mikezx10 and joso like this.
  10. Chuckracer

    Chuckracer Jerkus Maximus

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    An amazing string of assholes really applying themselves lately has me questioning the sanity of riding on the street.
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  11. NJ-Brett

    NJ-Brett Brett

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    It says no horses, bicycles or motorcycles under 150cc.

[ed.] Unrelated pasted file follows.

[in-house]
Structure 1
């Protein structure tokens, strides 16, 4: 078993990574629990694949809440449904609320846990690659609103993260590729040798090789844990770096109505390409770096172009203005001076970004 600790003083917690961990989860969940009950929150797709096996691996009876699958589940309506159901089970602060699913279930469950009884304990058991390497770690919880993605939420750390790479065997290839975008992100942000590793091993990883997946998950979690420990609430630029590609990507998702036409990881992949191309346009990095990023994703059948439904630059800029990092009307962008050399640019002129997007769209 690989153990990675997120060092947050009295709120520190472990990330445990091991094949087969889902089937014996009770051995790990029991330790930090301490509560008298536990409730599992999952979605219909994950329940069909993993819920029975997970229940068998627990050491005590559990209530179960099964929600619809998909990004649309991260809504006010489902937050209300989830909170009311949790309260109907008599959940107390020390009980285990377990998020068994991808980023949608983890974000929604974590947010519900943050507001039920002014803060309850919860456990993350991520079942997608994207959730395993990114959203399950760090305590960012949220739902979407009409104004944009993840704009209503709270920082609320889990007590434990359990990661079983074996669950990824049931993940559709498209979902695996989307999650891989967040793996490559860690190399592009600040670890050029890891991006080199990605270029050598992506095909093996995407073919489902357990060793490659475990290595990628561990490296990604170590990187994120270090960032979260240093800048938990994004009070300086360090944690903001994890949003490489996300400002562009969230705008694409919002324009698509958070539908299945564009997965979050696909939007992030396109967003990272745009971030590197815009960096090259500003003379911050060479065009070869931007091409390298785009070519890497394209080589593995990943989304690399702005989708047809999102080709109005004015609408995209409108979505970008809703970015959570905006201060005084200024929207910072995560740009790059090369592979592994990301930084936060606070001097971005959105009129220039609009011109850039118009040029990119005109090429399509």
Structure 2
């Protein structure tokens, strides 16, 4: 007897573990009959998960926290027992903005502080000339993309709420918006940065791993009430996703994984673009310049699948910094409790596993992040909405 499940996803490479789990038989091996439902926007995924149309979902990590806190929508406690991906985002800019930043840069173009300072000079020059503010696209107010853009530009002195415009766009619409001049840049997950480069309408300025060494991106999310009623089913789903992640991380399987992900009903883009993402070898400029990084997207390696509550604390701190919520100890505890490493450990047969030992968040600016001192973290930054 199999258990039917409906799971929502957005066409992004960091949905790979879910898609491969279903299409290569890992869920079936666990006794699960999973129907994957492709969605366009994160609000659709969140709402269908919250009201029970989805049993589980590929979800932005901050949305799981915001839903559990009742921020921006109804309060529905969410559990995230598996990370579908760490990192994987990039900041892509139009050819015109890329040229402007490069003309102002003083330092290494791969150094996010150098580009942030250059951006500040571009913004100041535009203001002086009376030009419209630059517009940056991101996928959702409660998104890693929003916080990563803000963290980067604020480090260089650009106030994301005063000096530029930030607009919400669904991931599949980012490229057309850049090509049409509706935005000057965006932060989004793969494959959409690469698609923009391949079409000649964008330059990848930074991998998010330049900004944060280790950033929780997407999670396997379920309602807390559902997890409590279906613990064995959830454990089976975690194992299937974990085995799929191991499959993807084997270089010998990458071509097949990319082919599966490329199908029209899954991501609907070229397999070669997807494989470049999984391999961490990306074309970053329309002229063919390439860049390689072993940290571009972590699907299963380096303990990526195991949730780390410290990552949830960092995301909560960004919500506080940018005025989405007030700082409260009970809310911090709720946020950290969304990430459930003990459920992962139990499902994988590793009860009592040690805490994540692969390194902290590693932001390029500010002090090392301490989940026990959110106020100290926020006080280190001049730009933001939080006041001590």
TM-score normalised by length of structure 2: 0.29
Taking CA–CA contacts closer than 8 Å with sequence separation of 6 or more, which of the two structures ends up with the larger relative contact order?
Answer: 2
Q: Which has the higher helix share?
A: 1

The limit is 65 mph.


  12. y0y02369

    y0y02369 Long timer

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    Ron, I'm not sure if you're still reading this, but I was in a similar situation 18 months ago.

    I've been riding 10 years. My dad has been on a bike since the age of 15 and is now 55, and has me on the back since I was 3. When I turned 18, i got my car license, and 3 months later for my M1 and bought my first bike, XR250L. I've loved riding since and still do!